So I was talking with my mentor yesterday about some areas of life I need to work on, and he pointed out some big shifts I’ve made so far — notably, losing a bunch of weight and becoming a runner (although, I’d argue working through the shitstorm of childhood trauma and the subsequent alcoholism was possibly more difficult 😜)
I don’t like to talk extensively about the time I was overweight, so I quickly said “it’s not hard to lose weight. You just have to stop thinking like a fat person.”
I know. “Whoaaaa what a c — -” you’re…
I know… That absolutely sounded like a sexual reference.
And to be fair, I’ve done my fair share of “lying there.” When I was 25, oh, man I’d fucking bend myself into a pretzel for a man. These days, I put so many miles on my body, I expect equal work for equal pleasure.
(Please laugh at my overt honesty. Sometimes it doesn’t translate in text.)
But back to the headline of this blog-
I’m taking a coaching course right now on neuro transformational coaching. …
A big thing a lot of my clients struggle with (and people struggle with in general) is comparing themselves and their individual journeys to the journeys of others.
I have to admit, I have been this way. I was this way for years.
If you knew me a decade ago, every time someone I knew would achieve some sort of “win,” I would feel this little tinge of anger inside.
The anger would usually be followed by a “well, that fucker probably grew up with money. They don’t know how hard I worked just to get out of that deadbeat…
As I sit here this morning, putting off editing Monday’s podcast (which is going to be a great one, by the way, for those of you who are looking to drink a little less,) I got to thinking about my senior year of undergrad when I interned at MTV in Series Development.
(I know, a weird past life.)
I didn’t have any money at the time (the ongoing theme of lack I once talked about,) so I worked at a barin Wilkes-Barre, Pennsylvania on the weekends to pay for my bus tickets. …
This week, I interviewed my college friend Stephanie Langner on my podcast about long-distance backpacking. She hiked the Appalachian Trail back in 2016 and has since sold her house, quit her job of 11 years, and in less than a month is about to fly to Seattle to begin her 2,600-mile thru-hike from Canada to Mexico on the Pacific Crest Trail.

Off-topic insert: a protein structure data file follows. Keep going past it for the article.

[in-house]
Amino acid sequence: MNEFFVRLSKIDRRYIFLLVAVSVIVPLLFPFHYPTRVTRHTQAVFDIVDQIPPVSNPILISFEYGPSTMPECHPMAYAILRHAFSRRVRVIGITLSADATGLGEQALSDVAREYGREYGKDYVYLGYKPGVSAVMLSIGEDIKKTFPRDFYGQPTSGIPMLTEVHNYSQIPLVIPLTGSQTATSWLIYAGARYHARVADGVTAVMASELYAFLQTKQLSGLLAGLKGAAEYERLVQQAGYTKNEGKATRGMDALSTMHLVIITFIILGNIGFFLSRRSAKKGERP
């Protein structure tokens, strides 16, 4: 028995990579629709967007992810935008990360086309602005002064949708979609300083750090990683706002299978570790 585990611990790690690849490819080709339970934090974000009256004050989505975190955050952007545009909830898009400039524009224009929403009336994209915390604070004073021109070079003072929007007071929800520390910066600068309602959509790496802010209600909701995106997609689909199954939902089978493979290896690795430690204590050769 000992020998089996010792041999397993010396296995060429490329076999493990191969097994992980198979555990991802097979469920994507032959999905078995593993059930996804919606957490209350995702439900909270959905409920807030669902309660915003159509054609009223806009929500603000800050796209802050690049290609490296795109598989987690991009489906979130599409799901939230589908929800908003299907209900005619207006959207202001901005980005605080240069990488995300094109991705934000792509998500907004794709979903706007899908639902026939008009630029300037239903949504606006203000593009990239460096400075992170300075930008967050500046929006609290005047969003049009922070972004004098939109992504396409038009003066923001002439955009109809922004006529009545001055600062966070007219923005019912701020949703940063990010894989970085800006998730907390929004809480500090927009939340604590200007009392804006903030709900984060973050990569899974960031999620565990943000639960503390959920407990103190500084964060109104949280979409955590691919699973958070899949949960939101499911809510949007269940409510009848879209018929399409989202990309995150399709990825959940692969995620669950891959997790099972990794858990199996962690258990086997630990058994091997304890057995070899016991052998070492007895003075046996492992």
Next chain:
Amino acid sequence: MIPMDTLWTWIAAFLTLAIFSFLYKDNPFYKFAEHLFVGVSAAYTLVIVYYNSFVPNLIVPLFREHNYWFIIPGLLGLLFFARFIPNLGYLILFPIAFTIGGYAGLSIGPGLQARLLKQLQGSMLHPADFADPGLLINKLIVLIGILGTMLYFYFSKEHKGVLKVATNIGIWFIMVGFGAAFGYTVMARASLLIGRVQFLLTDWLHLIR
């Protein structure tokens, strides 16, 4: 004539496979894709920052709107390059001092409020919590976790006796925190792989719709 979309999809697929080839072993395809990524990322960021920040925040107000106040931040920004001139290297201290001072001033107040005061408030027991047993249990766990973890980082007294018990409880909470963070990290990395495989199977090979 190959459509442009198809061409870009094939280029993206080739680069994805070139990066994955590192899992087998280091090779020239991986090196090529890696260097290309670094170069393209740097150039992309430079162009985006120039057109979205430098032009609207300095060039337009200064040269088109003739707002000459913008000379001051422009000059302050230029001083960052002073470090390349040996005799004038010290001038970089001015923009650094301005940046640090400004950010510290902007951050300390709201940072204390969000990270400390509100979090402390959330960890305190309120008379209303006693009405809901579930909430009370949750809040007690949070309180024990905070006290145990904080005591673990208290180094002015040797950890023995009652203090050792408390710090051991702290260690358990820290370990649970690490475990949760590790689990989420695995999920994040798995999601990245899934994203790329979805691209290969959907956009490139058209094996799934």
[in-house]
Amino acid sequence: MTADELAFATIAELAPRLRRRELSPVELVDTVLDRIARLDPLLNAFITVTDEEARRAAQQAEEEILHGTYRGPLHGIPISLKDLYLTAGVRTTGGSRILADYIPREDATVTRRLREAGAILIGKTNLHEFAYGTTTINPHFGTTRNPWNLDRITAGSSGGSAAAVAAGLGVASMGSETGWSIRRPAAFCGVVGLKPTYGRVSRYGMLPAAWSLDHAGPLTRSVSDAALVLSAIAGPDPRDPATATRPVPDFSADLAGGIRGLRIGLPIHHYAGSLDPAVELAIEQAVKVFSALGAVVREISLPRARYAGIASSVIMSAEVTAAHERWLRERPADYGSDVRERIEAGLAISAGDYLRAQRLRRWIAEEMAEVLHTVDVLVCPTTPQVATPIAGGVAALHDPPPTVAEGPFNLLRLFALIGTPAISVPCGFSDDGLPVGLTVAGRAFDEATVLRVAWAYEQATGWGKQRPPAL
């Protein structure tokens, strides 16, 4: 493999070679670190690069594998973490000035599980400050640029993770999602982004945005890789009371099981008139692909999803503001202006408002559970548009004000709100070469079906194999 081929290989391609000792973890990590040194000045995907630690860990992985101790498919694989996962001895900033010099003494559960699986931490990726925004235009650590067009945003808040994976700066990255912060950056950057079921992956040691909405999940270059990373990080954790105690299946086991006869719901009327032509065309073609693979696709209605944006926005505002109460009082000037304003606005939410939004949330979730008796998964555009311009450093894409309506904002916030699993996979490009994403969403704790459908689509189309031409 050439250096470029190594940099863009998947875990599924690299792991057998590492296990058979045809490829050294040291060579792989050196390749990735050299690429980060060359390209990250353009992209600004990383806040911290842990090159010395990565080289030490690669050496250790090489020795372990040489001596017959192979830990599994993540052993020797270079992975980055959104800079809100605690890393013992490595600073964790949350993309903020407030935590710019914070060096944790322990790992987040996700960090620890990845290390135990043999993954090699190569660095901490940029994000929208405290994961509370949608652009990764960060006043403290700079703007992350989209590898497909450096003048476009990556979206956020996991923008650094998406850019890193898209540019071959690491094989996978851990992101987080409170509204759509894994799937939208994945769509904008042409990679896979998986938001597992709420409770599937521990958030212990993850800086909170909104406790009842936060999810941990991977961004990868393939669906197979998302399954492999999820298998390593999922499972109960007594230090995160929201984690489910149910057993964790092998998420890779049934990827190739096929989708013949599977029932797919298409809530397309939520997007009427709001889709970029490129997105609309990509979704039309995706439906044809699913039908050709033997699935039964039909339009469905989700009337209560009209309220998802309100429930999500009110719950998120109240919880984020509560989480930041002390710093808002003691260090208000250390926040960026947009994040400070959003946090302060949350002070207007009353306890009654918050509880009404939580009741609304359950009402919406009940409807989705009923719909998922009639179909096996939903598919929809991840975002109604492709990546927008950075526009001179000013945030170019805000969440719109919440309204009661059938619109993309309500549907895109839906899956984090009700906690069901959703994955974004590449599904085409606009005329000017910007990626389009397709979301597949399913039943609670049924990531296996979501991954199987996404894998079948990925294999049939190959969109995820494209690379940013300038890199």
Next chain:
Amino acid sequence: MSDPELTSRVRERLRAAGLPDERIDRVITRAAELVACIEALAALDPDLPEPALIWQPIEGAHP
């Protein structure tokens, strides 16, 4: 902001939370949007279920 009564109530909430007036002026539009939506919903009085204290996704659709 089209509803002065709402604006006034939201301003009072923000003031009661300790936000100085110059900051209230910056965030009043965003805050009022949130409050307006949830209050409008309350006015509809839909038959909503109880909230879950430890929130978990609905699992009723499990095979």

Stephanie and I reconnected over COVID, believe it or not. It’s weird how life comes full-circle like that. We were always about a degree of separation back then, but a friendship never manifested. …
So, I don’t know how much you know about me, but I have a Master’s Degree in Sociology. I got that Master’s Degree because right after I moved to New York City, the 2008 recession happened, and it seemed like all the things in the fucking world were working against me.
It seemed like I had to fight so hard just to get to New York. I had a middle-class family, and nobody I was related to ever left Northeast Pennsylvania. I didn’t have a single friend who knew anything about moving to a global city. …
In late 2019, I got to go to the Middle East with my former job to open a restaurant.
The trip changed my life, but not because of why you might think.
I’d traveled quite a bit before then; I’d been to Continental Europe and all the usual stuff. I’d seen more than half of the 50 states in the U.S.
I loved to learn about people, so I studied Sociology. I also met people from all over the world every day working in Times Square.
When I heard about that trip, I hadn’t really done much with my life…
I’ve been working with clients for about six months now, but before that, I was informally coaching people for quite a while.
One of the things I notice to be the biggest hurdle is people’s concept of “the time” and how much of it they have.
Now, before I go on, I need to tell you that time and your perception of it are two very important things.
The time is static. It has been the same since the origins of everything. There are 365 days in a year, 24 hours in a day, 60 minutes in an hour, and…
I was thinking a lot this week about “relationships,” “friendships,” and “family” when it comes to changing your life.
One of the biggest things clients say to me when they’re trying to change one or many aspects of their lives is “well, I’m also in a relationship. Can I ask you about that?”
So, at the risk of you hating a bulleted list, people’s concerns normally are:
OK- here’s the hard…
I discovered in my Facebook Memories yesterday a post from 2014, which said “I’ve started running. What a wholly pleasurable experience.”
Looking at the original post, I saw the first comments were from a friend that said, “Is this for real” and “who are you?”
Now, there are a few things you have to know about me for this to make sense.
First, I was easily smoking a pack a day at the time, and I’d been smoking since I was in 8th grade. I swore like a sailor (and I still do,) and I was the typical chaotic New…